‘KindNest’ Introduction

Part [part not set] of 6 in the series KindNest

Most of us know and endorse the global Golden Rule, the intent to treat others as we would want to be treated.

Are you treated that way in normal conversation with your partner, friend, parent, sibling, work colleague etc?

Is that because they don’t listen, ignore you, or interrupt when you are trying to explain something?

When someone is explaining themselves or their story, do you have a voice in your head working out what you are going to say as soon as they have a break and you can get a word in?

Do you want to feel safe when you are criticized, or have opinions forced upon you unasked?

How would your life experience change if you could be listen as you would like to be heard? Using your heart, not your ego.

To bring attention to any person or situation, (to be aware or to listen) you must be present to yourself, to the other person, and to the situation at hand. To be present, you cannot have an agenda of your own.

If you have expectations of yourself, of another, or of the situation in general, you cannot be fully attentive in that moment. Your ability to be attentive depends on having an open mind, a mind that is free of judgment and free of expectation.

Equally important is having an open heart, which requires compassion for yourself and others, and forgiveness for the events of the past. Having an open heart means approaching others as equals and looking for common ground, opening to the intimacy and communion that are available there.

Paul Ferrini “Love Without Conditions”

KindNest is focused on a specific time of intentional letting go of your own agenda, while attending to the value and needs of one person in a small group. In turn you will also have this attention so you are heard.

This focus is to either listen or to send healing from your heart, both of which are psychologically proven methods of gifting to another.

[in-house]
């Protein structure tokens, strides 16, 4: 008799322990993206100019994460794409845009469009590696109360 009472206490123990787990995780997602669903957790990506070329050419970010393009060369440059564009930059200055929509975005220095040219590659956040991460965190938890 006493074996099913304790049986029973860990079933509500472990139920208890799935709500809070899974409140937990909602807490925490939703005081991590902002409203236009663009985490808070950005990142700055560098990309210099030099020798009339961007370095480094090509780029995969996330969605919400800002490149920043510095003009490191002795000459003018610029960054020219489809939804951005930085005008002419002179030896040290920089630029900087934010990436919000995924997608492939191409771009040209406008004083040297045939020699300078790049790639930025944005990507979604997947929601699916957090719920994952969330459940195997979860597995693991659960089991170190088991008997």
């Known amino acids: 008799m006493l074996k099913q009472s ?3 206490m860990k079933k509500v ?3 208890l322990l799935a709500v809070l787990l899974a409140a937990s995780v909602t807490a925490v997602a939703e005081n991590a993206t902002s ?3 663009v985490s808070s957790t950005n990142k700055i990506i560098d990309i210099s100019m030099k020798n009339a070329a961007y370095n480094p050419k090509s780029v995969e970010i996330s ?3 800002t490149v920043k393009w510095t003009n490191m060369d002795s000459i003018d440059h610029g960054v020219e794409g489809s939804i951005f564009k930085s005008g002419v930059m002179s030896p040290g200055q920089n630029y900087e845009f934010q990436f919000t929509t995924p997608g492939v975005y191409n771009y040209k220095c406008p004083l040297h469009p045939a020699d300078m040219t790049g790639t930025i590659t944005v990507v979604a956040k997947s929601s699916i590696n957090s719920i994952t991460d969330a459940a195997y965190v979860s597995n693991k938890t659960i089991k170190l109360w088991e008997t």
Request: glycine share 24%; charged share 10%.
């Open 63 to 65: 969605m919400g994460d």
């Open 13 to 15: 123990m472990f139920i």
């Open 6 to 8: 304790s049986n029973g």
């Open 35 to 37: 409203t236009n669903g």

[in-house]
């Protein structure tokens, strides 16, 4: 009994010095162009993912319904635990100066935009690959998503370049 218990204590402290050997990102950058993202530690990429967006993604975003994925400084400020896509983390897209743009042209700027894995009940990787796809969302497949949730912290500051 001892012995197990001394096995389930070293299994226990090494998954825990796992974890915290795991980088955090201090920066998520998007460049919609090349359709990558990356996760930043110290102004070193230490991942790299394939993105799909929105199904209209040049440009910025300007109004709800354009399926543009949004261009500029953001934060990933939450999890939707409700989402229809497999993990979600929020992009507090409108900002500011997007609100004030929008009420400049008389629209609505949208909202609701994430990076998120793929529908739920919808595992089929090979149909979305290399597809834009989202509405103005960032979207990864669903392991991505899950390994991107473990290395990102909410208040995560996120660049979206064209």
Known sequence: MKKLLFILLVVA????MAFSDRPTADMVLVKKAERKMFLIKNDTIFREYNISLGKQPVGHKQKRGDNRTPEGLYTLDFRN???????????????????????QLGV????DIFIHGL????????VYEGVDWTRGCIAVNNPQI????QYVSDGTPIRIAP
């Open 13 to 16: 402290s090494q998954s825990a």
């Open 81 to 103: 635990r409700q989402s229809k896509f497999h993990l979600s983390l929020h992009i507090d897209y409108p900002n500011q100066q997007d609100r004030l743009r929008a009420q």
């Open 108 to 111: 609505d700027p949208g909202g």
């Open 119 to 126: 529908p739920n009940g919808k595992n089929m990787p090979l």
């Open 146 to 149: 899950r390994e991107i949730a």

KindNest is about applying relationship basics of listening and reaching out. For some it is even more basic than that, it is about appreciating (maybe for the first time) the benefits of being heard with empathy.

That is not so hard, is it? I wonder.

In my own experience I still find it difficult not to have an exaggerated sense of the value of my own opinions, despite having learnt these skills years ago. I really don’t like hypocrisy, acting differently to what I say. Yet I still do interrupt, provide unrequested advice, and preempt what others say, even with best intentions to not do that.

However, the more I spend time in LISN circles, respectful councils, or a KindNest, the more aware I become of how much richness I get access to. I value these safe times where I for a few minutes overcome my arrogant and hypocritical thoughts. It gives me hope then to apply that in the wider sphere of my life.

Yes, safe forums. My mentor, who is a noted doctor and therapist, says we will not feel safe except when there is freedom from violation, and violation includes all imposition, including opinion, judgment and belief under threat.

How does KindNest achieve such safety? By each participant committing to agreed guidelines which are read out prior to small group interaction.

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